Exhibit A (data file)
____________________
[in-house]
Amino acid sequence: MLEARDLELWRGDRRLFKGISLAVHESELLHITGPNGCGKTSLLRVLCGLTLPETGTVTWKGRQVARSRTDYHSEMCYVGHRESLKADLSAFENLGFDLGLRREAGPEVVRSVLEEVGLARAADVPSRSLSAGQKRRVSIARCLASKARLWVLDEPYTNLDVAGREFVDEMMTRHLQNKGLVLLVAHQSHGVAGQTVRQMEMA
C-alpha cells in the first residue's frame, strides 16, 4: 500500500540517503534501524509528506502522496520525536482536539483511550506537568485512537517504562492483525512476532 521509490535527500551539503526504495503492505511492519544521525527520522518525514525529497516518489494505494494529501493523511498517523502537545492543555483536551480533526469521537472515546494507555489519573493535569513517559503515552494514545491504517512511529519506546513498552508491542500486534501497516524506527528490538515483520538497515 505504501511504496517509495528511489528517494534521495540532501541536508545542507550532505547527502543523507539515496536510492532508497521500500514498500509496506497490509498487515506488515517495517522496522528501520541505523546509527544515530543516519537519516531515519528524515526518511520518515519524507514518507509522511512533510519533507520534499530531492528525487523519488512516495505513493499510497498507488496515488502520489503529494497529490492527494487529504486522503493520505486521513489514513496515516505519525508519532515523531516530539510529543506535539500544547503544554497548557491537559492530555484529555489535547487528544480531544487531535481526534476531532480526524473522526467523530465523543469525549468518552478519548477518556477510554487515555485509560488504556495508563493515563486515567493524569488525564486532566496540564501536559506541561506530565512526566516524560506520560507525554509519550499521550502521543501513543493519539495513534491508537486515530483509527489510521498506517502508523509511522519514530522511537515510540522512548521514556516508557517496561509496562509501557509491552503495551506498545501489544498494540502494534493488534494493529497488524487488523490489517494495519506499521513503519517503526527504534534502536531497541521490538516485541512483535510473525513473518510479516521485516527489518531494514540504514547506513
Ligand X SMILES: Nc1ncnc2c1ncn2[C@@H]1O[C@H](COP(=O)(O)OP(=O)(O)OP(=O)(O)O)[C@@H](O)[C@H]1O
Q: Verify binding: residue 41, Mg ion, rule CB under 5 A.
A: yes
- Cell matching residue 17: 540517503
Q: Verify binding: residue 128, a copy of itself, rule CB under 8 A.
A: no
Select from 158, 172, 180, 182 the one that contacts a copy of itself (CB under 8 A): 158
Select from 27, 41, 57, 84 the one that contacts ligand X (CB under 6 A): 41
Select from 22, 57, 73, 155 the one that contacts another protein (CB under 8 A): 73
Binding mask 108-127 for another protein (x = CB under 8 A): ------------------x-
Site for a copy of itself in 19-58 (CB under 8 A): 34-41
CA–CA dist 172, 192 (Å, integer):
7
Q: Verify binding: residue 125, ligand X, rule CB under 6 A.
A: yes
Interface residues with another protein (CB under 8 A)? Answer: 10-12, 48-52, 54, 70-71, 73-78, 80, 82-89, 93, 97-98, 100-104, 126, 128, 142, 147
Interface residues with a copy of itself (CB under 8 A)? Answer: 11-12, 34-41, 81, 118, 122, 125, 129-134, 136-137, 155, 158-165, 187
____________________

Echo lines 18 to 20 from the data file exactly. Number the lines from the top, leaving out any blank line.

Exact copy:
A: yes
Interface residues with another protein (CB under 8 A)? Answer: 10-12, 48-52, 54, 70-71, 73-78, 80, 82-89, 93, 97-98, 100-104, 126, 128, 142, 147
Interface residues with a copy of itself (CB under 8 A)? Answer: 11-12, 34-41, 81, 118, 122, 125, 129-134, 136-137, 155, 158-165, 187